Book Review:: Wild Nights: Nature Returns to the City

Wild Nights: Nature Returns to the City, by Anne Matthews is one of those books that I both liked and disliked. It’s full of excellent observations of city wildlife, but there are no footnotes, no bibliography and no references. Without those, it’s less of a scientific or fact-driven book and more essay, which would be fine except there are many facts in the book.

The book focuses almost exclusively on New York City, with some comparisons to other cities mentioned. There’s an interesting history of the five boroughs and a good description of the current lay of the land. The first chapter contains an interesting narrative of the author following a conservation biologist making early morning rounds in the financial district to find birds killed or trapped by the skyscrapers. It’s a fascinating insight into the unseen world where bird migration clashes with the city. The biologist describes some of the birds she’s found which include species that are very definitely not city birds such as a yellowthroat, red-bellied woodpecker, orchard oriole, woodcock and a virginia rail. For more about the impact of city lights on wildlife see City Lights and Urban Wildlife.

In the next chapter is another interesting narrative where the author follows a wildlife biologist who climbs out on the ledge of a building to band some Peregrine Falcon chicks wearing a padded suit and helmet to protect against the parents. The author also discusses other resident peregrines in the city and how many people react to them. Some peregrine nest sites are disturbed by people, but many protect the birds such as building owners who do their best to protect the birds’ privacy, or bridge workers who rescue fallen chicks. For more about the Peregrine Falcon see Urban Species Profile:: Peregrine Falcon.

The third chapter discusses the human-wildlife conflicts of the city such as the Canada geese who have found New York City a good year-round location and have given up migrating. Bears, coyotes and most commonly deer, all pose problems for cities and particularly roads. There’s also a good discussion about the history of New York waterways, their downfall into polluted, lifeless rivers and the subsequent cleanup and reintroduction of aquatic species. Unfortunately the third chapter, highlighting the conflicts with wildlife, the undesirable species such as rats and disease and plague is significantly longer than the, more positive, first two chapters. The doom and gloom continues in the fourth chapter which discusses invasive and exotic species, both wildlife and plant. The book then discusses the great variety of pets in the city although I’m not sure how that fits in.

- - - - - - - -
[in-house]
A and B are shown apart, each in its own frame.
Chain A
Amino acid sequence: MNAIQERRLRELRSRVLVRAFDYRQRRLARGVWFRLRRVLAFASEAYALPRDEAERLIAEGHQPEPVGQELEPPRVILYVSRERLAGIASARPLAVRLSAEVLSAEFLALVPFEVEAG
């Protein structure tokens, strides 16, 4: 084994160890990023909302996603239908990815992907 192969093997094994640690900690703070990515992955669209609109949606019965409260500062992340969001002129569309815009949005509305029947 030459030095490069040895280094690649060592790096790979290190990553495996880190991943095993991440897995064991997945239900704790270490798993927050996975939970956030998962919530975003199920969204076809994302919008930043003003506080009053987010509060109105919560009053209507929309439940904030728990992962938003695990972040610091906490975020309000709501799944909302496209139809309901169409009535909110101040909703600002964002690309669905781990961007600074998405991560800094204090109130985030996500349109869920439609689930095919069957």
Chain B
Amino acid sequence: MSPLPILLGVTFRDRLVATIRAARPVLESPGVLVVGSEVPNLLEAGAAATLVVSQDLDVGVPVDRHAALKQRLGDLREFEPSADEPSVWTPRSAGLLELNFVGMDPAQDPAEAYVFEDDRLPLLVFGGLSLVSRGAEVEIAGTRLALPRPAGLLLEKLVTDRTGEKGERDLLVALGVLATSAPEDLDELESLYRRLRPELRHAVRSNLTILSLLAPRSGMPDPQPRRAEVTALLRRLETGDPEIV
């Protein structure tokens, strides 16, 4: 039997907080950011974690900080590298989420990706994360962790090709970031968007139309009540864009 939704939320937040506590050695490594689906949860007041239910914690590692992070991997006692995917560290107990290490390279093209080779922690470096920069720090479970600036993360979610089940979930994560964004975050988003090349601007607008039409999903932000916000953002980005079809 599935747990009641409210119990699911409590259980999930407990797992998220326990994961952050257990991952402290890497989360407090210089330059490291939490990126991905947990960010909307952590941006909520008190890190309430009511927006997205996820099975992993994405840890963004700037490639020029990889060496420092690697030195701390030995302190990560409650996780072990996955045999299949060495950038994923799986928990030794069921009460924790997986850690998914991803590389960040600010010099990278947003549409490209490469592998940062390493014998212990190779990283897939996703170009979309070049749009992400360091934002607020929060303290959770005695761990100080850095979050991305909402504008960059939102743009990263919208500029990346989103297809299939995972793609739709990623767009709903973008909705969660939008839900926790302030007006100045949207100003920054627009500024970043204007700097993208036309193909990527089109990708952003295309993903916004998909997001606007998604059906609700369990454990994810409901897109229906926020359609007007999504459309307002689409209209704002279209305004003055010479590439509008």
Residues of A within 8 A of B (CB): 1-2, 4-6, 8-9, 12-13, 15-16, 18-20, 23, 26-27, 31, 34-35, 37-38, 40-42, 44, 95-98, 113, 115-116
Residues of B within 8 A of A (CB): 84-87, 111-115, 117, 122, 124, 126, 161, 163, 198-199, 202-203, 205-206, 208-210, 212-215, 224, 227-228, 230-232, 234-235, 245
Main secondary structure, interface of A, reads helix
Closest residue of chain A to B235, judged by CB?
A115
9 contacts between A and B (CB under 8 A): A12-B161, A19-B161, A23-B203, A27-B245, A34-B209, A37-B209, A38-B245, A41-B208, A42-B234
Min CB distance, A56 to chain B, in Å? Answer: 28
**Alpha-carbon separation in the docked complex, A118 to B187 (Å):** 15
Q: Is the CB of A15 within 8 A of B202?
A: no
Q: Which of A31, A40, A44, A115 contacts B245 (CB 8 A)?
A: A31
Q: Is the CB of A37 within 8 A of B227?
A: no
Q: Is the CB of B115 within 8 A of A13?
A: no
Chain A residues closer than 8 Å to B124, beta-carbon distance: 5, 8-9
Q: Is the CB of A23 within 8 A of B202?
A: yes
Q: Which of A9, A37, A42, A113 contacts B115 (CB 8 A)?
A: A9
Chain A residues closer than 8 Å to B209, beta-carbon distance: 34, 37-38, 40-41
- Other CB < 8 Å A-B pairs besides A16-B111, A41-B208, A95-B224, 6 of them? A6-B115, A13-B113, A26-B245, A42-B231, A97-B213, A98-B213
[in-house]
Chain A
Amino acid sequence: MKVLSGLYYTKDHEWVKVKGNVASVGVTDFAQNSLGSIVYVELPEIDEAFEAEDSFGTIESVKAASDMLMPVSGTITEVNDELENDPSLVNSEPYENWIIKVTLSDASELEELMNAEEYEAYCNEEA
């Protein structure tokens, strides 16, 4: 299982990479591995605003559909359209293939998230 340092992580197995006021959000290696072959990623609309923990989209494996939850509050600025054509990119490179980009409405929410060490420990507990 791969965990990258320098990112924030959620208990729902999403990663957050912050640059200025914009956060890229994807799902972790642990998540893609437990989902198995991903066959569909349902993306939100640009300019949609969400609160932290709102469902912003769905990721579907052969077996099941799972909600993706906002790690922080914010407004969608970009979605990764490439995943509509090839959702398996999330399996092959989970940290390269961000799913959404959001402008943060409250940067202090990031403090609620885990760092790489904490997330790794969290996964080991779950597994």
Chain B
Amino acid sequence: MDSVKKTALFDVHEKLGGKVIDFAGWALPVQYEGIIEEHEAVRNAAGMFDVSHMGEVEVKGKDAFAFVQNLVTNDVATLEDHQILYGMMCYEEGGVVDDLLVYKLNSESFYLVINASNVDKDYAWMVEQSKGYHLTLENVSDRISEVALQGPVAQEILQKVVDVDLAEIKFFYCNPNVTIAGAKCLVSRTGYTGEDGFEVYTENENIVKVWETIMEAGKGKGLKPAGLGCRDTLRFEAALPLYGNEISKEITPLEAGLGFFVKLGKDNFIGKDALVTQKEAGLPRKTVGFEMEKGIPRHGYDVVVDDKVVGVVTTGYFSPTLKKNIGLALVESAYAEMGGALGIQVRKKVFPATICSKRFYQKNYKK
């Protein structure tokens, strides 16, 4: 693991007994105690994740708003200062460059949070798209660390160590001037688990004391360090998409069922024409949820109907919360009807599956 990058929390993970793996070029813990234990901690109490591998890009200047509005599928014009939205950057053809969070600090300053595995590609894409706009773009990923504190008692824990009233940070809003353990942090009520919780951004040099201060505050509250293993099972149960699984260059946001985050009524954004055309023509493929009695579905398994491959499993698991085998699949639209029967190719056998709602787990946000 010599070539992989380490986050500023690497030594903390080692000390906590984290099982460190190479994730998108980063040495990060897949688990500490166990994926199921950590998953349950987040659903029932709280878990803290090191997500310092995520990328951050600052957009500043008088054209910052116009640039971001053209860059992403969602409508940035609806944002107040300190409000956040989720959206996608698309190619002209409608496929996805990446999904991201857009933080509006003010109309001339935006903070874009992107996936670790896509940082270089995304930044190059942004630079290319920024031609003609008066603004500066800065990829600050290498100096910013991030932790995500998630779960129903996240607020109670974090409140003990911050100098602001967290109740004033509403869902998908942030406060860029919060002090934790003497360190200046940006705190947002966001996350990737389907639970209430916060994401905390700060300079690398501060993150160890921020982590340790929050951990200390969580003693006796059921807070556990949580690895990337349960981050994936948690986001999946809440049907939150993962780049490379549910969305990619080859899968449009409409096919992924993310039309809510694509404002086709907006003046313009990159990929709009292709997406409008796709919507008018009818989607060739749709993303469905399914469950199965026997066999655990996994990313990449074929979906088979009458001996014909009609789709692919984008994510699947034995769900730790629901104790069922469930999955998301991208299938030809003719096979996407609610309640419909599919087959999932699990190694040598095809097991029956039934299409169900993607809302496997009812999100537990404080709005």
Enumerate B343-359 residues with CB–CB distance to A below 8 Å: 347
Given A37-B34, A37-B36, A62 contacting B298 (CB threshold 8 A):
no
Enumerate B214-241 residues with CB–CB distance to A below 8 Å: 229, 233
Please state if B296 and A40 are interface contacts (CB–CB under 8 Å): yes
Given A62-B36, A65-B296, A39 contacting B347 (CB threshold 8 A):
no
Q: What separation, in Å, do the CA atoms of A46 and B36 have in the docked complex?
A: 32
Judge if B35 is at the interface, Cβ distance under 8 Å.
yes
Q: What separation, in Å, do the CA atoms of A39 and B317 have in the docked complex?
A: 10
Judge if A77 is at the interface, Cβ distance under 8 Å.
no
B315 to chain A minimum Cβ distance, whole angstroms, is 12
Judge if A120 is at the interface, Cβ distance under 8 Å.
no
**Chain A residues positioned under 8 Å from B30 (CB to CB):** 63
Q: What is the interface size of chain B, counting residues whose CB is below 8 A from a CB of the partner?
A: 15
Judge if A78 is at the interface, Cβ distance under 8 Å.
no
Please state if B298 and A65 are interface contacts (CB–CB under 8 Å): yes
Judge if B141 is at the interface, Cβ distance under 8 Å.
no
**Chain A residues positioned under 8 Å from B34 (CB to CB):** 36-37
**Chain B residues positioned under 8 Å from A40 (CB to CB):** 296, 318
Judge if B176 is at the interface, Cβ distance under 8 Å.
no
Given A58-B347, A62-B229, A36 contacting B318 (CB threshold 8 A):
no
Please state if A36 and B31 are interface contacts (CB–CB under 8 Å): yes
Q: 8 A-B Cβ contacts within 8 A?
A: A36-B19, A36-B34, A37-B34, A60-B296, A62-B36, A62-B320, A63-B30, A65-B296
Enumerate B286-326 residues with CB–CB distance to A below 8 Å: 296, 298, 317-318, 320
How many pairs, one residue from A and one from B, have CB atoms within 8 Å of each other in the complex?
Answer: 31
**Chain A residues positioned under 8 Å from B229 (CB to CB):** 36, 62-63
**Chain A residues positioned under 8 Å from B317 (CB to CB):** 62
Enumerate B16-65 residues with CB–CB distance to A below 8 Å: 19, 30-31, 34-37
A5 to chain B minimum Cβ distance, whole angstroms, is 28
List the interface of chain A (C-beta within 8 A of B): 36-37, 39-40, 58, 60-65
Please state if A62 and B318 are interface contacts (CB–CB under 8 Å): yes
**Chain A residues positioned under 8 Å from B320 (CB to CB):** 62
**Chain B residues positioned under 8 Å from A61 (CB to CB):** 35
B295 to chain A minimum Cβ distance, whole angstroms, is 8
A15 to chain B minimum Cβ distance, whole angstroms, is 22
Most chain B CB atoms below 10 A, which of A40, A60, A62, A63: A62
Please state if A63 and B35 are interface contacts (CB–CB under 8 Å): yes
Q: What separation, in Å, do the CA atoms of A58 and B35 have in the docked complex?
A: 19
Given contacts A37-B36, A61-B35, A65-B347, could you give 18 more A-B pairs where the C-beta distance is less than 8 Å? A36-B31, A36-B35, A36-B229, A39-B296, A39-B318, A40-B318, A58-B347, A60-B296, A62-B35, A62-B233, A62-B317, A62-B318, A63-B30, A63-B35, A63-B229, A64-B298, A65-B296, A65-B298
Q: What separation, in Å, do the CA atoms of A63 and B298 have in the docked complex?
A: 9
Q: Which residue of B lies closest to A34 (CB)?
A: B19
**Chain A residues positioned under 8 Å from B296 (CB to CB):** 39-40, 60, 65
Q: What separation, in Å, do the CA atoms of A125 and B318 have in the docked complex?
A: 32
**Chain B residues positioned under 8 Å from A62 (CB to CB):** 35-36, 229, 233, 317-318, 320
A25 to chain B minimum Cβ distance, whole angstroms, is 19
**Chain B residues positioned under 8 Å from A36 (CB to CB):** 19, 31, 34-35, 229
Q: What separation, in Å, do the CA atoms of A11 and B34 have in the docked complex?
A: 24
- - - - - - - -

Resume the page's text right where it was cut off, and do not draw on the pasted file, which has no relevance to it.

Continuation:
The following chapter delves into island ecology and highlights Santa Cruz and then continues on to the subject of the ecological history of New York City compared to today. A detailed history of New York city from glaciers to the Dutch, Civil War, stock market crash and how it all changed the landscape of the city is the focal point of this chapter.

The third section of the book features plants more than wildlife, but still has some interesting narratives such as the history of the old Penn Station that was essentially lost, and the effort to recover the pieces of it from collections, landfills and marshland. Also featured is the Urban Park Service and their Project X, which was an initiative to reintroduce one plant and one wildlife species per year to each of the NY boroughs. I’m not certain this program is still going because I couldn’t find anything about it online. The following chapter discusses ancient civilizations and their downfalls such as Rome and how environmental destruction may have played a role.

The next to last chapter has a fascinating discussion about public space in the city and particularly the public space created by incentive zoning. In the 60’s the city offered building developers more building space on the top of the building if they provided a public space on the ground level. Many did, but over time, most spaces have been hidden, filled with dumpsters, blocked off or deemed private. The author follows a Harvard professor as he visits some of these public spaces in a quest to see them all. He is chased out, threatened and yelled at by security, building owners and residents. It’s an interesting look at institutional memory and the idea of public space. The final chapter speculates on the future of cities, ecology and natural disasters.

All in all, this book has some gems such as the topics highlighted in the first two chapters, but it’s a shame that resources, bibliography and other references don’t exist in the book. It’s a good essay, although it’s already outdated in many aspects. Another thing I didn’t like is that there’s a significant amount of the doom and gloom in this book and while some facts are necessary, it’s a fine line between stating them and dragging them out. I subscribe to the David Attenborough theory of nature and conservation, that a ‘love’ message about the wonders of flora and fauna is more effective than the doom and gloom take. There is also a lot missing from this book in regards to urban wildlife such as green roofs that would have been a great addition. While I liked many of the narratives in the book, I was disappointed by the lack of resources.

For more on this subject, read the very good New York Magazine article, The Concrete Jungle.

Wild Nights: Nature Returns to the City, Anne Matthews
North Point Press, 2001

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